Microsoft has improved the security and privacy capabilities of its Office 365 cloud applications, the company said Wednesday, in a move that will help customers comply with stringent European Union data protection regulations and the U.S. Health Insurance Portability and Accountability Act (HIPAA).
Microsoft, like rivals Google, Amazon and others, is racing to bring its cloud software into compliance with government security regulations. Earlier this year Microsoft and Google became embroiled in a dispute over whose cloud software complied with Federal Information Security Management Act (FISMA) requirements.
Meeting such requirements can be critical for winning government contracts, such as the $60 million deal to provide the U.S. Department of the Interior with e-mail and collaboration cloud software that Google and Microsoft spent much of the year fighting over in court.
Microsoft also said it has overhauled its Office 365 Trust Center, a Web site that provides detailed information about Office 365 privacy and security practices, to make it easier to use.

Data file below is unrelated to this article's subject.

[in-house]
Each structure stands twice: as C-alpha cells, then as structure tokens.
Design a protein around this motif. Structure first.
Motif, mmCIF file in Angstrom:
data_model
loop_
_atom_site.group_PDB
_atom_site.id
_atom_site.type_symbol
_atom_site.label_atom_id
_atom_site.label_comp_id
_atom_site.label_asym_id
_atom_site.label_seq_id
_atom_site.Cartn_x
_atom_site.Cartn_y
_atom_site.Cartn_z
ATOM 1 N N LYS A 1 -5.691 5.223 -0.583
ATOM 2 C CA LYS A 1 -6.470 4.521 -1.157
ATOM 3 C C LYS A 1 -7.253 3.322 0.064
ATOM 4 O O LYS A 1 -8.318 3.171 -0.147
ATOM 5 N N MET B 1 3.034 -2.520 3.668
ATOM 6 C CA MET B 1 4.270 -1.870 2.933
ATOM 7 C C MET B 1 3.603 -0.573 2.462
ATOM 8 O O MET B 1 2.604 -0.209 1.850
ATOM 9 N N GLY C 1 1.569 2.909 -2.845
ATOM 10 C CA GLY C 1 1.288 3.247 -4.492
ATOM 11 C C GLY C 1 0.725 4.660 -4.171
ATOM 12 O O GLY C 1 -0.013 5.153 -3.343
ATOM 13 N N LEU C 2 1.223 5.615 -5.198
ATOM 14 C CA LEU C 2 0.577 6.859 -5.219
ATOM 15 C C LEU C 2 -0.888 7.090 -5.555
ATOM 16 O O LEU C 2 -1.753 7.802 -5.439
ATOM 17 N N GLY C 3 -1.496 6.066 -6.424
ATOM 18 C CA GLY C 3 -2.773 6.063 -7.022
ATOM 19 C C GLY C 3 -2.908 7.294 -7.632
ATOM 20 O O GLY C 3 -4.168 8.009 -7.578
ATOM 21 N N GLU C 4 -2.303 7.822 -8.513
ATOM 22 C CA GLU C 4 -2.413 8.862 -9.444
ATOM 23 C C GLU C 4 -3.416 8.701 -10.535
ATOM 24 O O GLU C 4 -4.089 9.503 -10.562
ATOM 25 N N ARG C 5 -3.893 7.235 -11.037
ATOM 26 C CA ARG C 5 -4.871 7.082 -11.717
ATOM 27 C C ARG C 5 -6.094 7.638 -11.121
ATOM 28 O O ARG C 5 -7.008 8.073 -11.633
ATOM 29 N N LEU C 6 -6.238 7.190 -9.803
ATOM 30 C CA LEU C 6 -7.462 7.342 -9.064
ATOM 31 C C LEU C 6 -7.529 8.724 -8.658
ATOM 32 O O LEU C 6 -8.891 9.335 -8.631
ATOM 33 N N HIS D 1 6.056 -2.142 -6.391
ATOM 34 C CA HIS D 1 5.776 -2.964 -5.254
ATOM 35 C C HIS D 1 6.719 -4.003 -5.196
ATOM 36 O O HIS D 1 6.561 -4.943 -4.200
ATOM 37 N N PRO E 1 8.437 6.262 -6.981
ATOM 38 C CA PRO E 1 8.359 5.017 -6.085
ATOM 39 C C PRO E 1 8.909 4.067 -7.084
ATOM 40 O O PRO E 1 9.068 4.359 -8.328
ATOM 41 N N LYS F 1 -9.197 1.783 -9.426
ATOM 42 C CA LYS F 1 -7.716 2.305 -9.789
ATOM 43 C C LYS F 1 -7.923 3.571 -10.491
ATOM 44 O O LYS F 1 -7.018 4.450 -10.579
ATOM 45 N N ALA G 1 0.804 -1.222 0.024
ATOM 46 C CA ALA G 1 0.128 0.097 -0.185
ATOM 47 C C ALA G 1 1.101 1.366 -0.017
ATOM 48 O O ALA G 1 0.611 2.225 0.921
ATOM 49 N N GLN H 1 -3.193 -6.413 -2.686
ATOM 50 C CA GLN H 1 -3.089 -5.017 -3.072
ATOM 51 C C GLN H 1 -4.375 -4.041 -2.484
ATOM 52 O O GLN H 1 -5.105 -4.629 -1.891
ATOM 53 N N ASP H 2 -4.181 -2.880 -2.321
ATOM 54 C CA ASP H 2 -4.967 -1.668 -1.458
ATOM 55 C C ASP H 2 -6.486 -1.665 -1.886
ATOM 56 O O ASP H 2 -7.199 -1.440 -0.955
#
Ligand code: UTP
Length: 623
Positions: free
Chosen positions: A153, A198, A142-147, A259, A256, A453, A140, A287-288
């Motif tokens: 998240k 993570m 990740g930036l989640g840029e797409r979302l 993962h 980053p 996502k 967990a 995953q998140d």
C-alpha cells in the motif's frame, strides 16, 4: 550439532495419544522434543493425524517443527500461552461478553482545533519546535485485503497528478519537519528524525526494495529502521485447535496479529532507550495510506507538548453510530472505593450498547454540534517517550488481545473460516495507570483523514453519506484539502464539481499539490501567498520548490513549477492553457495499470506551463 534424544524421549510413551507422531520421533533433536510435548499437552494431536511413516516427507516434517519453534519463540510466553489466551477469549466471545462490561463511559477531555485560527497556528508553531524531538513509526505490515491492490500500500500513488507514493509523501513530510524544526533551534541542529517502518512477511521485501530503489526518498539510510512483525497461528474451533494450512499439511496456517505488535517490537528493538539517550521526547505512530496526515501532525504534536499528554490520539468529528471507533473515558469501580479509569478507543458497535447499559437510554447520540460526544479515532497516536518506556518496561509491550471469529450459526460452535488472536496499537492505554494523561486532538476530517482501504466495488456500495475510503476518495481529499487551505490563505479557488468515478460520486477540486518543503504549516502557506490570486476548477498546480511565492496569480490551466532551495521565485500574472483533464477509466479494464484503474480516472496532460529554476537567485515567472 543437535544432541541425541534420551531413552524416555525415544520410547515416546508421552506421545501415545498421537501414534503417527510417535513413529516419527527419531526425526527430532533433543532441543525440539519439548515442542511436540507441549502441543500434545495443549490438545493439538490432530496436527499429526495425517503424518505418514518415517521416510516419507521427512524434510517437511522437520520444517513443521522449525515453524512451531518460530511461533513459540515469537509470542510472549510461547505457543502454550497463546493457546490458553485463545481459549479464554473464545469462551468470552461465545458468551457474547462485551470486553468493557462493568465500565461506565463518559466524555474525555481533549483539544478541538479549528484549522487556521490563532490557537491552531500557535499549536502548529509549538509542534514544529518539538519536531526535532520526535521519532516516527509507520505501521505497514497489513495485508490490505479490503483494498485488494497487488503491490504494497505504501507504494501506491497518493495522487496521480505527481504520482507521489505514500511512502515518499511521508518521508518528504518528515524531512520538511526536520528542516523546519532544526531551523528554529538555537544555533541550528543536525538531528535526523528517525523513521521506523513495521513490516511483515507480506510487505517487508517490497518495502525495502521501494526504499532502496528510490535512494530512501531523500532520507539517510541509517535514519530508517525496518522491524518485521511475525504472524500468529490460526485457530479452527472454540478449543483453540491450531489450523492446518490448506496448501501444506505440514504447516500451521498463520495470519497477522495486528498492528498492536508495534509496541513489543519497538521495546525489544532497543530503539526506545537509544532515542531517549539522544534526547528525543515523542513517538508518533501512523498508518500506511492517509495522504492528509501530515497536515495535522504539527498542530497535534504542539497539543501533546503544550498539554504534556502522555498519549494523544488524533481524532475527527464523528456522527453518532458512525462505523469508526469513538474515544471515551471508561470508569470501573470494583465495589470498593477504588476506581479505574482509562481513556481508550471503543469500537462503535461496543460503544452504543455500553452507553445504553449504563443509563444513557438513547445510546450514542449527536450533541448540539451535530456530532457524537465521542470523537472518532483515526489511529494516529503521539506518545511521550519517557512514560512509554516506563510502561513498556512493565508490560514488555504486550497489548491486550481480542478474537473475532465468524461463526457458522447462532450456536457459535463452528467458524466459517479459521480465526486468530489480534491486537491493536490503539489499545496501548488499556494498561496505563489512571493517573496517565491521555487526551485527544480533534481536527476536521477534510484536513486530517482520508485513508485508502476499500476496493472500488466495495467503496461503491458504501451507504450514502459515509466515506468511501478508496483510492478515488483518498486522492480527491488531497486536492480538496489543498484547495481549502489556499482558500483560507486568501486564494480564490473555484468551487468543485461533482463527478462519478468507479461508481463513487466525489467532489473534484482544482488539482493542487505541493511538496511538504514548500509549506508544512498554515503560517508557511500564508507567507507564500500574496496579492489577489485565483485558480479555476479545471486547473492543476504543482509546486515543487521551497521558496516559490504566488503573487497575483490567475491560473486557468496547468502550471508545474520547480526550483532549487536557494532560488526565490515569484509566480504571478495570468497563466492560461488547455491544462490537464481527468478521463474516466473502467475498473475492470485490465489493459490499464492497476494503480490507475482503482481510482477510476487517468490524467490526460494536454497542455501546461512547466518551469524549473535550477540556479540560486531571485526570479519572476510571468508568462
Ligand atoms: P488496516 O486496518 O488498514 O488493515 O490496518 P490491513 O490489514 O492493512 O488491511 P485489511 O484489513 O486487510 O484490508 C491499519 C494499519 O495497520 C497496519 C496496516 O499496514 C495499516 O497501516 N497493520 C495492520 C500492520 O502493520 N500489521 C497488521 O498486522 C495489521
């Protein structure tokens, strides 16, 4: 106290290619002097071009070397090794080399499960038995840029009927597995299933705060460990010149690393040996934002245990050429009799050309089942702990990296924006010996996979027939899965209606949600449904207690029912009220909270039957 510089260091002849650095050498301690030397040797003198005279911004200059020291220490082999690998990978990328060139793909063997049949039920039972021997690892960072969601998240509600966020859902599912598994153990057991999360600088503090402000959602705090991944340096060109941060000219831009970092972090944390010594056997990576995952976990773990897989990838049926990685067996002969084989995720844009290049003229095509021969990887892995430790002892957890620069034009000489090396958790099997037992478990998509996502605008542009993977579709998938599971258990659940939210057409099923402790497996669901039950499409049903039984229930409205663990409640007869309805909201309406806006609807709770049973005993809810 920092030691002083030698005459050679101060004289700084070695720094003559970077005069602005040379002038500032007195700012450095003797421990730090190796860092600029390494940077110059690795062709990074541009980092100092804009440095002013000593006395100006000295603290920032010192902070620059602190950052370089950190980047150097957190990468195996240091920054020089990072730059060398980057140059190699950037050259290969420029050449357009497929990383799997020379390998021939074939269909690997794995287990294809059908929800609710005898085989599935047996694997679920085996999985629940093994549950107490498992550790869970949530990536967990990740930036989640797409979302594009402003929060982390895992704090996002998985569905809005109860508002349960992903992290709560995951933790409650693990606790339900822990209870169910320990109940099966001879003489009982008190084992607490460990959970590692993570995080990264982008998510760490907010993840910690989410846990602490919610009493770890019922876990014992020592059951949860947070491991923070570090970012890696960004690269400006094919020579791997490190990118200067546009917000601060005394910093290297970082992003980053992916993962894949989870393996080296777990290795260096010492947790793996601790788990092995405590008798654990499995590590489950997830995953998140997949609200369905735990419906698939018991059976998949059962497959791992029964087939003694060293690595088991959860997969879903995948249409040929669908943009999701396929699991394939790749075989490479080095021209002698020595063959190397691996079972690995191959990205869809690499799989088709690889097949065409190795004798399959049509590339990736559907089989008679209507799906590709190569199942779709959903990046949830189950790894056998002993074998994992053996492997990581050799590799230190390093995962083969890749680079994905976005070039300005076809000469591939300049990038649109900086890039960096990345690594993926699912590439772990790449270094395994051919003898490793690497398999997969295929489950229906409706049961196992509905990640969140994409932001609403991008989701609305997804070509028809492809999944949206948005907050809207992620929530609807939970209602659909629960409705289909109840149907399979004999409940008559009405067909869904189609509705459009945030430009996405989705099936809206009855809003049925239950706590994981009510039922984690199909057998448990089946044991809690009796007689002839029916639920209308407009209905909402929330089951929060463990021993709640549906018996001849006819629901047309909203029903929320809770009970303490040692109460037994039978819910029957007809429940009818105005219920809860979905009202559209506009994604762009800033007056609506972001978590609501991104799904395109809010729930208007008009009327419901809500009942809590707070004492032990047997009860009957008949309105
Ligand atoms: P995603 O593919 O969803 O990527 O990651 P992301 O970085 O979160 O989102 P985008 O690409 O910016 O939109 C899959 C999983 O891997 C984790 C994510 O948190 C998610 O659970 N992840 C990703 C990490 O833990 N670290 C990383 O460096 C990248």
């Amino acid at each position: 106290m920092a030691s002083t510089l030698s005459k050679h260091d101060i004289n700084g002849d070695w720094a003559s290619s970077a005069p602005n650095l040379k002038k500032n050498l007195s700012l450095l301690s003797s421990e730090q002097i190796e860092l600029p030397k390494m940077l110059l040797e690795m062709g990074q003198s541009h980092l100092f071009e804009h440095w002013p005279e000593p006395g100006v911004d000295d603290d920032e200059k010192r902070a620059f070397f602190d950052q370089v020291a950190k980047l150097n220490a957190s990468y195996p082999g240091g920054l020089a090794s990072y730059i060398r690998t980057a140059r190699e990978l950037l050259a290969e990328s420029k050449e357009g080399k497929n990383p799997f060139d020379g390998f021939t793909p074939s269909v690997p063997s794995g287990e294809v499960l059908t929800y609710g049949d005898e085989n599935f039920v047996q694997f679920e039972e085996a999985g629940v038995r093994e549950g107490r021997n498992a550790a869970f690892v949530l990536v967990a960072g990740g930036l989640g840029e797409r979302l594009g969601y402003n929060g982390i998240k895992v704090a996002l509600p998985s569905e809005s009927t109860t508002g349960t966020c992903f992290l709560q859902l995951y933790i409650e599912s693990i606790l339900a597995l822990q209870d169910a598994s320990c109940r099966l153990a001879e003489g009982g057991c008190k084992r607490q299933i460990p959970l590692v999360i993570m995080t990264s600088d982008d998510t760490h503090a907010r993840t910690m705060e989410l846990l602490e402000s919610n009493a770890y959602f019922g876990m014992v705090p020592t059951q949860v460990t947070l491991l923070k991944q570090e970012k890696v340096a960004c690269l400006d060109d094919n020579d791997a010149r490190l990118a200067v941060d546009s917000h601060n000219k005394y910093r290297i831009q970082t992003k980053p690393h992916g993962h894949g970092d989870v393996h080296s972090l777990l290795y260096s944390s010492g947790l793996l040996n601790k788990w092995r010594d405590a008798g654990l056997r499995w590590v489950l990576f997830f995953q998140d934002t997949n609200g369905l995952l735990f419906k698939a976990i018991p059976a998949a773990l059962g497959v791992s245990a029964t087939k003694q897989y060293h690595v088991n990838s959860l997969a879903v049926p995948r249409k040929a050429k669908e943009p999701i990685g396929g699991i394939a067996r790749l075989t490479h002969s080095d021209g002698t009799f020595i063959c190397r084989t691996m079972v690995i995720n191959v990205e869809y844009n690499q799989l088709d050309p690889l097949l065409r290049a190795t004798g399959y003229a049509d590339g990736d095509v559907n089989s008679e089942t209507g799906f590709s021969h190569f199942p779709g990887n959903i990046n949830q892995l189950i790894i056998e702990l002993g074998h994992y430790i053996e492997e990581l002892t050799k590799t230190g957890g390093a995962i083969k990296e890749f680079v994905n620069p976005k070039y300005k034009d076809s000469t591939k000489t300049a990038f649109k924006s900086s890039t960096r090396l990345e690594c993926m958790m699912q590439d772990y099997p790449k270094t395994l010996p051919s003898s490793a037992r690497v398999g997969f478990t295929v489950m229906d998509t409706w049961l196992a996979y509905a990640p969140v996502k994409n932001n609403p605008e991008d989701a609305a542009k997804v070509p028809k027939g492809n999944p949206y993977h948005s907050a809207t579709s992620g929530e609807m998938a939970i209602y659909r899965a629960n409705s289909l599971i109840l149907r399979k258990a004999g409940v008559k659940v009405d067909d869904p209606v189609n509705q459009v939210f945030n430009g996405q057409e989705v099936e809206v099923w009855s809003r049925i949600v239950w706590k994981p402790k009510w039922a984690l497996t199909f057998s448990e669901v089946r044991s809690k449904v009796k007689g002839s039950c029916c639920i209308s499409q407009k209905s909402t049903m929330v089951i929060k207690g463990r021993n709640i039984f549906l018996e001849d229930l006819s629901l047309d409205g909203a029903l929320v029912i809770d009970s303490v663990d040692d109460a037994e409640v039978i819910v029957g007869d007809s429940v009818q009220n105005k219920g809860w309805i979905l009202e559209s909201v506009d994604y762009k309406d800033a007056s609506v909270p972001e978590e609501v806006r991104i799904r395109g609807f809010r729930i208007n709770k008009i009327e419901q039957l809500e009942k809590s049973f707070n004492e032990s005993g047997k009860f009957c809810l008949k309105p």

Microsoft said it would sign the European Union's contractual clauses, which the vendor said would help customers comply with the EU's stringent Data Protection Directive regulations. The contractual or "model clauses" legitimize the transfer of personal data through international networks to locations outside the European Economic Area (EEA).
The clauses, built into service agreements with data processors, assures customers than appropriate steps have been taken to safeguard personal data stored in cloud service centers outside of the EEA.
Microsoft said it also is including a data processing agreement for European customers to help them comply with even stricter data protection requirements set by individual European countries. Microsoft said that step goes beyond protection guarantees provided by other cloud service vendors.
"Developing cloud-based productivity tools that meet the needs of European businesses means more than simply building apps in a browser," said Jean-Philippe Courtois, president, Microsoft International, in a statement. "Microsoft has a more complete approach to European data protection and security laws than any other company."
Microsoft also said it has embedded privacy and security capabilities in Office 365 to provide physical, administrative and technical safeguards that comply with HIPAA.